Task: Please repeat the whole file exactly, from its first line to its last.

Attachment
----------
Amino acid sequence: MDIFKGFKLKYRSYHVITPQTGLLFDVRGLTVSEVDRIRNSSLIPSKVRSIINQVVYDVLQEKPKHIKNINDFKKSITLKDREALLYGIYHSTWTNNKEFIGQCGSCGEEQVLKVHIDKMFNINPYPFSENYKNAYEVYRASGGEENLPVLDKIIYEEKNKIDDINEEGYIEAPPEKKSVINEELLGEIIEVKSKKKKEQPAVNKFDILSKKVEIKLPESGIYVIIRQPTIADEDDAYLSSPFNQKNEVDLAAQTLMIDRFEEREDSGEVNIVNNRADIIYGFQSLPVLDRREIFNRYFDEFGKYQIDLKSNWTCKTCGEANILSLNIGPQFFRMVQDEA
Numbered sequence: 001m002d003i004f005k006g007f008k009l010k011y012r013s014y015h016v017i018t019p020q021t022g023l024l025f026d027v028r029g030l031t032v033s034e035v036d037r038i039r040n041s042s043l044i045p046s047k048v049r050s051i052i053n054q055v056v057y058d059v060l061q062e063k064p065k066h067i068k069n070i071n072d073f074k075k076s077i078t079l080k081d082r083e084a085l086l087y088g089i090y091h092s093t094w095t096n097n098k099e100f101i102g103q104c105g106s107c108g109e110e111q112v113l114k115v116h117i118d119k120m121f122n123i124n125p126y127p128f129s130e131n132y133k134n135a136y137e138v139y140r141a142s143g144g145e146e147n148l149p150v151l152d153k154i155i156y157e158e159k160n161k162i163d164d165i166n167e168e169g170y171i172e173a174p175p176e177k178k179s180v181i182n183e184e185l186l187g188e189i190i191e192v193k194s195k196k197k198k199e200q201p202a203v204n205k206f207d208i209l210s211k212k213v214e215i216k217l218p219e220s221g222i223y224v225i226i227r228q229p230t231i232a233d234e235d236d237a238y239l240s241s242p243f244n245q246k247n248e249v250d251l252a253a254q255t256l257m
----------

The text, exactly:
Amino acid sequence: MDIFKGFKLKYRSYHVITPQTGLLFDVRGLTVSEVDRIRNSSLIPSKVRSIINQVVYDVLQEKPKHIKNINDFKKSITLKDREALLYGIYHSTWTNNKEFIGQCGSCGEEQVLKVHIDKMFNINPYPFSENYKNAYEVYRASGGEENLPVLDKIIYEEKNKIDDINEEGYIEAPPEKKSVINEELLGEIIEVKSKKKKEQPAVNKFDILSKKVEIKLPESGIYVIIRQPTIADEDDAYLSSPFNQKNEVDLAAQTLMIDRFEEREDSGEVNIVNNRADIIYGFQSLPVLDRREIFNRYFDEFGKYQIDLKSNWTCKTCGEANILSLNIGPQFFRMVQDEA
Numbered sequence: 001m002d003i004f005k006g007f008k009l010k011y012r013s014y015h016v017i018t019p020q021t022g023l024l025f026d027v028r029g030l031t032v033s034e035v036d037r038i039r040n041s042s043l044i045p046s047k048v049r050s051i052i053n054q055v056v057y058d059v060l061q062e063k064p065k066h067i068k069n070i071n072d073f074k075k076s077i078t079l080k081d082r083e084a085l086l087y088g089i090y091h092s093t094w095t096n097n098k099e100f101i102g103q104c105g106s107c108g109e110e111q112v113l114k115v116h117i118d119k120m121f122n123i124n125p126y127p128f129s130e131n132y133k134n135a136y137e138v139y140r141a142s143g144g145e146e147n148l149p150v151l152d153k154i155i156y157e158e159k160n161k162i163d164d165i166n167e168e169g170y171i172e173a174p175p176e177k178k179s180v181i182n183e184e185l186l187g188e189i190i191e192v193k194s195k196k197k198k199e200q201p202a203v204n205k206f207d208i209l210s211k212k213v214e215i216k217l218p219e220s221g222i223y224v225i226i227r228q229p230t231i232a233d234e235d236d237a238y239l240s241s242p243f244n245q246k247n248e249v250d251l252a253a254q255t256l257m